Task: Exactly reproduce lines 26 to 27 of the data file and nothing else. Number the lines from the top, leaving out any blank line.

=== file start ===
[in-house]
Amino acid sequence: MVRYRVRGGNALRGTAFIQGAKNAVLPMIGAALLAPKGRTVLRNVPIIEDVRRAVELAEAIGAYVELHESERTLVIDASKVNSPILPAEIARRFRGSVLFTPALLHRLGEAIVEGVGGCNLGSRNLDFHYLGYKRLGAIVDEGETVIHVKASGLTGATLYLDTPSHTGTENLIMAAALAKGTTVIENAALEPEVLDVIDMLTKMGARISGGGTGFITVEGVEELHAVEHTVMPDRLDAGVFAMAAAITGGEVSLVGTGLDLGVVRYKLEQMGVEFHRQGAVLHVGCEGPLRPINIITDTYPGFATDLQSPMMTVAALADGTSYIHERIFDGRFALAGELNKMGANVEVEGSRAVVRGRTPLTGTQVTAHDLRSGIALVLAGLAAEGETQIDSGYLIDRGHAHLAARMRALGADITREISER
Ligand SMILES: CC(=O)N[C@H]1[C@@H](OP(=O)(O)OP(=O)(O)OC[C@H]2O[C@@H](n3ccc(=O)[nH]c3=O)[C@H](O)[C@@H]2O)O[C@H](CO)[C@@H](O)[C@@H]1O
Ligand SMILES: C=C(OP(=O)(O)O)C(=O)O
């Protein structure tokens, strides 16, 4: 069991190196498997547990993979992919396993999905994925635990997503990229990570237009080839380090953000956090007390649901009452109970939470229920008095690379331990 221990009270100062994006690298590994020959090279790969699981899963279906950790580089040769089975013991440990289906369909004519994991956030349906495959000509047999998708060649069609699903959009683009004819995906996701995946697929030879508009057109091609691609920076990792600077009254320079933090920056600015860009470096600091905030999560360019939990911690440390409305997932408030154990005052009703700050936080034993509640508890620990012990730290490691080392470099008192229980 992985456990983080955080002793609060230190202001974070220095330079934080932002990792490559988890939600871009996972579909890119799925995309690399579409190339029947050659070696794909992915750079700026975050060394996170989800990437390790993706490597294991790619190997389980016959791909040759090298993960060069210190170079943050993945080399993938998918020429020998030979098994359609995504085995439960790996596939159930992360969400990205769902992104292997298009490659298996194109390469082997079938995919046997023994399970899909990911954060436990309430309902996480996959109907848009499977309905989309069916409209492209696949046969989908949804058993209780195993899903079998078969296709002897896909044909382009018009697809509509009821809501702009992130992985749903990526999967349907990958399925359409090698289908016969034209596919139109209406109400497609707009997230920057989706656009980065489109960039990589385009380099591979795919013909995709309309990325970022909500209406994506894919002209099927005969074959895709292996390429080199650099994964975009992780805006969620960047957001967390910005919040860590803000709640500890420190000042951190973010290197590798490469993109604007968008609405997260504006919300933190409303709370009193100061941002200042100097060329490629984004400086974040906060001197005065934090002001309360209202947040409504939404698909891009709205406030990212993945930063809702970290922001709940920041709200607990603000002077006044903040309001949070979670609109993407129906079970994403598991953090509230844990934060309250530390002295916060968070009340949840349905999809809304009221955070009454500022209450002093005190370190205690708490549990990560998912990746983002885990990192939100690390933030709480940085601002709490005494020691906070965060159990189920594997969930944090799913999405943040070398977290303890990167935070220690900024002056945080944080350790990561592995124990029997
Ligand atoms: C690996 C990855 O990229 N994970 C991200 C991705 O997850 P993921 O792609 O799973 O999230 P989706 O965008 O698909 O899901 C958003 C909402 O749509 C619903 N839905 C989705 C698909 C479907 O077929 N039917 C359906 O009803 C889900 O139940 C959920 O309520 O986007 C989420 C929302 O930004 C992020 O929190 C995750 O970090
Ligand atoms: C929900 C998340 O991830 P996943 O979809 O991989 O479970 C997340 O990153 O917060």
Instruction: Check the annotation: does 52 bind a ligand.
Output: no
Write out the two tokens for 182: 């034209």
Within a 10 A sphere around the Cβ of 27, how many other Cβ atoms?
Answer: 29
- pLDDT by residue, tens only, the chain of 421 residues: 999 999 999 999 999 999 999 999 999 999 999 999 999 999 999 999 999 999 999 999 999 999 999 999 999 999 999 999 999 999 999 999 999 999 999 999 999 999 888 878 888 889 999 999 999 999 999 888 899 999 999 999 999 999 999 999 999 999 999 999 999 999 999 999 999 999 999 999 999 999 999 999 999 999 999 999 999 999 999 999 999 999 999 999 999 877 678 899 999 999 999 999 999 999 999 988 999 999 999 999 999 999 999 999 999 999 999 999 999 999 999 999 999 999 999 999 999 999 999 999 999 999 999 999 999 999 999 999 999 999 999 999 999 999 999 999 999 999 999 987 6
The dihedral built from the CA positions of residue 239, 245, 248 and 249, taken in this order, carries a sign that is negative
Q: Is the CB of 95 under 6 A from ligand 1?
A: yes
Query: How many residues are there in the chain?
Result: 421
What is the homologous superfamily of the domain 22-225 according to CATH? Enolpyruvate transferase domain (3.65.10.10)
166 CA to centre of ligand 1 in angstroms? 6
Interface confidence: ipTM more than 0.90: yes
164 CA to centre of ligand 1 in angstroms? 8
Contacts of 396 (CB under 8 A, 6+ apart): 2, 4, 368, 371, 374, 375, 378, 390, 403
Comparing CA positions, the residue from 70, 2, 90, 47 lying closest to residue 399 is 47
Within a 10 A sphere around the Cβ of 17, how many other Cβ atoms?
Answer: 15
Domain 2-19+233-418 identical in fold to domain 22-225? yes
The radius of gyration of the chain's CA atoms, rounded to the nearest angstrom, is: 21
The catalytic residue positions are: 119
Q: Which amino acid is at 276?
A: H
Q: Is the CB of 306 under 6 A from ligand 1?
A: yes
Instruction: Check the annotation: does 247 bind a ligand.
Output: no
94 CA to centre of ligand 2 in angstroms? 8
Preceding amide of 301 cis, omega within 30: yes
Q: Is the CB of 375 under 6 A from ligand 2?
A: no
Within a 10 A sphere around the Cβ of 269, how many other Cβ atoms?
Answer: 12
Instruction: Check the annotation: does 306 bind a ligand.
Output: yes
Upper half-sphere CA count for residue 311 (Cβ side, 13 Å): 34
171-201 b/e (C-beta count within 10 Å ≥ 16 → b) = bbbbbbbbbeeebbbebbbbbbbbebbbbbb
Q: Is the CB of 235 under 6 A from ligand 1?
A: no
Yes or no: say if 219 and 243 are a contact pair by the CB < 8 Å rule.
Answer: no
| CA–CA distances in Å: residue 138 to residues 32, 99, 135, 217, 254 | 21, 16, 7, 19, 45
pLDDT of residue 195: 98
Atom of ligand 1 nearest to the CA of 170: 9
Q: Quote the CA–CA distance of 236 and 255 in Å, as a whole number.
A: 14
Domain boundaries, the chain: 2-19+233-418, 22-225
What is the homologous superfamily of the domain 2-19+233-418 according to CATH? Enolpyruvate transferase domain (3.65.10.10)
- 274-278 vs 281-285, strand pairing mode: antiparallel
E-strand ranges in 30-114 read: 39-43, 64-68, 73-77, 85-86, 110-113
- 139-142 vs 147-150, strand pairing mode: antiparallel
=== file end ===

Answer: 15
Domain 2-19+233-418 identical in fold to domain 22-225? yes